Volumetric Perceptions in Midfacial Aging with Altered Priorities for Rejuvenation

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Abstract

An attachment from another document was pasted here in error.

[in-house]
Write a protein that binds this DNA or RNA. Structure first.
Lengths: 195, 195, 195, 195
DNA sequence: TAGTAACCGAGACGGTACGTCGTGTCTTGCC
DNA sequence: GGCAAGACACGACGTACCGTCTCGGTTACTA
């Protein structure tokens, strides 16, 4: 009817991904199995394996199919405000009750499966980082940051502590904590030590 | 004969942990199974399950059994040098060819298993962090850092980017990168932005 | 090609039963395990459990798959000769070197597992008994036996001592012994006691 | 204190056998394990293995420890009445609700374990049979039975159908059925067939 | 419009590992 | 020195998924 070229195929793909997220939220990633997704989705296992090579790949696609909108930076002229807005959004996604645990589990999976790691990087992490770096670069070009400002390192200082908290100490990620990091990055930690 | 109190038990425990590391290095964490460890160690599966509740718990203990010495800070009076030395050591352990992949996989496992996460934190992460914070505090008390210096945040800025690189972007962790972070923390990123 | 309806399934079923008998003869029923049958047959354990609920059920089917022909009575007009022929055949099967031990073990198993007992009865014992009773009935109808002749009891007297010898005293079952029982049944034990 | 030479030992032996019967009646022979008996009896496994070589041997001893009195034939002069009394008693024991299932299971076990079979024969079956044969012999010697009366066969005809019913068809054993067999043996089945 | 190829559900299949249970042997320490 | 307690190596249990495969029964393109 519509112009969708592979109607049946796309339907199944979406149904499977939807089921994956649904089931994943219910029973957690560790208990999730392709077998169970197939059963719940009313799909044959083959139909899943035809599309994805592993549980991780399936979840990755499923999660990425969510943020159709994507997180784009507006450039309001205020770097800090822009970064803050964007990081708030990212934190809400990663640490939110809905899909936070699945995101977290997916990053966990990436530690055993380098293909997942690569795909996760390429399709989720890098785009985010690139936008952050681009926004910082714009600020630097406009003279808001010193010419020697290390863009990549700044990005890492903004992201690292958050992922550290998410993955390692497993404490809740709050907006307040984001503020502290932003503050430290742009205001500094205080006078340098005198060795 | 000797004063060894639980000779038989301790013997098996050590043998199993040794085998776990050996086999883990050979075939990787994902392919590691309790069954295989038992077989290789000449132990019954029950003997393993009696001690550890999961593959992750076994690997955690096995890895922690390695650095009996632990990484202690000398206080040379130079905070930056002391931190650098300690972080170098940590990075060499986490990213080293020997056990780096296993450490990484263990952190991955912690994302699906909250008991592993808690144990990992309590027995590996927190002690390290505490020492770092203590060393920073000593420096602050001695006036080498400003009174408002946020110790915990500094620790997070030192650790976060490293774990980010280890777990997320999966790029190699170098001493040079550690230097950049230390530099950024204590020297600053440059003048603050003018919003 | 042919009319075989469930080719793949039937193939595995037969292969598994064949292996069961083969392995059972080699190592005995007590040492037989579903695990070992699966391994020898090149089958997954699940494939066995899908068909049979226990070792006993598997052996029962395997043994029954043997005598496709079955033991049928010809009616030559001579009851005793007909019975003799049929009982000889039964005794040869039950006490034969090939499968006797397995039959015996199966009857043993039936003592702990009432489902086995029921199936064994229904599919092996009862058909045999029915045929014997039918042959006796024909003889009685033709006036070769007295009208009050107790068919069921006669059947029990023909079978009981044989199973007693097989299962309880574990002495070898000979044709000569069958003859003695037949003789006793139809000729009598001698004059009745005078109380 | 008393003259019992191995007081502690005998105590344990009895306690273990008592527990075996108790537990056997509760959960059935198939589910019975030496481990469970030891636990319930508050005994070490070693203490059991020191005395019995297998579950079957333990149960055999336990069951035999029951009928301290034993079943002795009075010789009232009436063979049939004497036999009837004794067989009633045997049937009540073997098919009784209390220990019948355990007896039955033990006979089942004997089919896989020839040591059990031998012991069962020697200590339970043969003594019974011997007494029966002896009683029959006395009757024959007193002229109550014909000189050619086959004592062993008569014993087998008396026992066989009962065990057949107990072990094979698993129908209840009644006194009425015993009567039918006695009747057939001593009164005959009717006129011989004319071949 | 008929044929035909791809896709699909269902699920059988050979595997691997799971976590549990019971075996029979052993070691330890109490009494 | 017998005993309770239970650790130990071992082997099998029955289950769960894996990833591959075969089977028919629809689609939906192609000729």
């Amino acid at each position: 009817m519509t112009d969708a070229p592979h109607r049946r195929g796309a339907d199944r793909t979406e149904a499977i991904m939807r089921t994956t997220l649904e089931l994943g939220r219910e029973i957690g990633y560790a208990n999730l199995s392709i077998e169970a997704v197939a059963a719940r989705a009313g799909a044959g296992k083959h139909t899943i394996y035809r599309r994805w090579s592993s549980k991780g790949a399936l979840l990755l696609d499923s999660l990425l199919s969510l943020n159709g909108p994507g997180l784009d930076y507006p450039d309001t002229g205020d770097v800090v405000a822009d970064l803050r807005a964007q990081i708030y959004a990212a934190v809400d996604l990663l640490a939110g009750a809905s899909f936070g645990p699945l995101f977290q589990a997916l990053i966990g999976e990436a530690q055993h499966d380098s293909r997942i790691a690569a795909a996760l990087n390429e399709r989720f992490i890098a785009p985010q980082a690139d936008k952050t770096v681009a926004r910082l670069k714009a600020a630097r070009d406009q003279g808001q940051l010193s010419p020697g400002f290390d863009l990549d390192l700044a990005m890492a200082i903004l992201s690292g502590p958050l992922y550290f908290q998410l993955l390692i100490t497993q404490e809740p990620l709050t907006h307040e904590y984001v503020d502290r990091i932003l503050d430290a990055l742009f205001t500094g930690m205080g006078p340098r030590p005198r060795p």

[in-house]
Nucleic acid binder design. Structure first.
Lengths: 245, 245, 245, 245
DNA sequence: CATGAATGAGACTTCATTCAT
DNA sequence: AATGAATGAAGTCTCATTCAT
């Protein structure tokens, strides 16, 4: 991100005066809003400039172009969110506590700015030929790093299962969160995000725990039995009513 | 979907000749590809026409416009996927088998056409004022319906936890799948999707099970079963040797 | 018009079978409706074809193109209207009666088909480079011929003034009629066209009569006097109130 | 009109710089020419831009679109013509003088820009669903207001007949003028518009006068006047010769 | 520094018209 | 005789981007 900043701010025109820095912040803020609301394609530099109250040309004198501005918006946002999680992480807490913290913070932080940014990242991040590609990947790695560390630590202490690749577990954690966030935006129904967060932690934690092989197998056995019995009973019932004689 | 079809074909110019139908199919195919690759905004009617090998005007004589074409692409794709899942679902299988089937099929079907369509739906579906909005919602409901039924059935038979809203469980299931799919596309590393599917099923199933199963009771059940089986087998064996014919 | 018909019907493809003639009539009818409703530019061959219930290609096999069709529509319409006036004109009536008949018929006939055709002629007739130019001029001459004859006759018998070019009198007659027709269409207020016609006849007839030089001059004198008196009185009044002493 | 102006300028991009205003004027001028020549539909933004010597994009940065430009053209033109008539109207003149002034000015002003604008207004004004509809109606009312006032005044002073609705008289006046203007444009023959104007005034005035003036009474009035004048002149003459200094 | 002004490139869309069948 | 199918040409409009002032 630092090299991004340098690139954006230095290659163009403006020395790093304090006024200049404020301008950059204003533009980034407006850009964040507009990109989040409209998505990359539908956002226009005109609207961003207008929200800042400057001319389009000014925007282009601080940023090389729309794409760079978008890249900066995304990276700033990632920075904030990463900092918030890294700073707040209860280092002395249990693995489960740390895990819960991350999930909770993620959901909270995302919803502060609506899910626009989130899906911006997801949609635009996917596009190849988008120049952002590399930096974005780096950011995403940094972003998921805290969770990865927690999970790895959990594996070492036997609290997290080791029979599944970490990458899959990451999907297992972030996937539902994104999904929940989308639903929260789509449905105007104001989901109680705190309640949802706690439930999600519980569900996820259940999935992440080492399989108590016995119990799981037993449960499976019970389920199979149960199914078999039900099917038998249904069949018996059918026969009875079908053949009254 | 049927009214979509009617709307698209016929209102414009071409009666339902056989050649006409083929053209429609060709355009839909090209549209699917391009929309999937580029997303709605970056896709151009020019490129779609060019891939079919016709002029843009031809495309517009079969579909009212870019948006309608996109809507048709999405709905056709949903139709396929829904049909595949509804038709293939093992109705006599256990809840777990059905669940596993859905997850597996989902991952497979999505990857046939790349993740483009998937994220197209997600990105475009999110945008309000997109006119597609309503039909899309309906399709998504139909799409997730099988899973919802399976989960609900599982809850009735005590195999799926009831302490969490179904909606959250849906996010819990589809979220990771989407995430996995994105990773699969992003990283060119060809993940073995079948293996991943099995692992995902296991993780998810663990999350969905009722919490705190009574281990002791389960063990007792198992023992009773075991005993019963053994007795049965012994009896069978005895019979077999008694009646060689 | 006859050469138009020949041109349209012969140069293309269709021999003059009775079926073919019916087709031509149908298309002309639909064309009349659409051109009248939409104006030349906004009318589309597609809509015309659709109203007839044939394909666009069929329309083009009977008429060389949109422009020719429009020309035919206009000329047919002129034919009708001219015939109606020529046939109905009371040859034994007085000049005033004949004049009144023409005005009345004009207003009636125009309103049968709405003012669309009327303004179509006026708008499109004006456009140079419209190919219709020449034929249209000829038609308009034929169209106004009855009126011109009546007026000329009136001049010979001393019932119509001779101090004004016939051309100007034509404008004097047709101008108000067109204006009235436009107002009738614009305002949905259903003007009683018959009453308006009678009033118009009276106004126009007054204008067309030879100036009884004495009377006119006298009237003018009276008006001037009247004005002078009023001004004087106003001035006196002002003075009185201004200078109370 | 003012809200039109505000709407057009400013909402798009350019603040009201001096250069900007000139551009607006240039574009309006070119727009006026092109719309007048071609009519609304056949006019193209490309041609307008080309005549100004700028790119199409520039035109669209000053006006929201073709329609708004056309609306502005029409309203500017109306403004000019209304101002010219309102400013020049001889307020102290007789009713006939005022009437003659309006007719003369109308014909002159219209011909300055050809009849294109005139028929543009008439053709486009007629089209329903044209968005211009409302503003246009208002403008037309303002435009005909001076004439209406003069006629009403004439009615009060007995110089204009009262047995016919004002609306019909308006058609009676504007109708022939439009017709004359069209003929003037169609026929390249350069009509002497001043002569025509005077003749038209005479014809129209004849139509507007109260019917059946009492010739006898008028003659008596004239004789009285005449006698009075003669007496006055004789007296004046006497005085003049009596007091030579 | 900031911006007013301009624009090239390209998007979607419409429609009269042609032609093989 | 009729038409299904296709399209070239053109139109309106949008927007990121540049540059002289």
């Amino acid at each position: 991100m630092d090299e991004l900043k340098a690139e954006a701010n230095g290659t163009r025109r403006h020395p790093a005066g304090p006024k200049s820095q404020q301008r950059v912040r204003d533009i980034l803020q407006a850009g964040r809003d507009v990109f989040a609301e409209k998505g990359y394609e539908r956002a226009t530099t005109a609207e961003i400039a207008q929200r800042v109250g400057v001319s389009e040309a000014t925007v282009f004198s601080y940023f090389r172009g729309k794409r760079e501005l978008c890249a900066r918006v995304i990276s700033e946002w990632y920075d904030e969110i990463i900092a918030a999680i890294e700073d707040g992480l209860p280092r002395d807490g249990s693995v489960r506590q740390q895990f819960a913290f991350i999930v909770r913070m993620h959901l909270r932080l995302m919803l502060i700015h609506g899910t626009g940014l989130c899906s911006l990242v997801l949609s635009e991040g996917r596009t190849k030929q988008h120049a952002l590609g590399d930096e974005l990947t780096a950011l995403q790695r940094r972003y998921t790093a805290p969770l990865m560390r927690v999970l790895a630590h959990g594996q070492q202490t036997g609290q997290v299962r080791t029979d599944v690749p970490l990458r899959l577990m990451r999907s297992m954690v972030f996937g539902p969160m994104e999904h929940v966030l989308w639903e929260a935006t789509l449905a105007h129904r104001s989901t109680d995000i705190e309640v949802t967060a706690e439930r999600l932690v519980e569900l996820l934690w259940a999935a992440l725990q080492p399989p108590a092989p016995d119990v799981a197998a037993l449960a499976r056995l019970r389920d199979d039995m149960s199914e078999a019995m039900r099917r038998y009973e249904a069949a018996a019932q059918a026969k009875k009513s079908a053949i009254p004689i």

The history of facial rejuvenation surgery has largely involved the manipulation of facial soft tissues under tension within the two-dimensional confinements of a facial plane. However, the youthful human face is not planar; it presents as a complex geometric solid with a curvilinear profile on the oblique view that forms an architectural ogee. Restoration of this shape by sculptural manipulation of the facial soft tissues is deemed the highest priority in midfacial rejuvenation, whereas improvement of the periorbital and perioral environments is deemed second. Effacement of the nasolabial fold is relegated to a third level of importance in this philosophy of altered priorities for midfacial rejuvenation. The importance of early patient photographs is stressed in operative planning to direct facial changes toward a past intrinsic facial personality. Postoperative results are presented of patients who have undergone facial rejuvenation by a new midfacial technique that targets these reordered goals. Comparisons with photographs taken earlier in life and traditional preoperative photographs can then be made. (Plast. Reconstr. Surg. 105: 252, 2000.)

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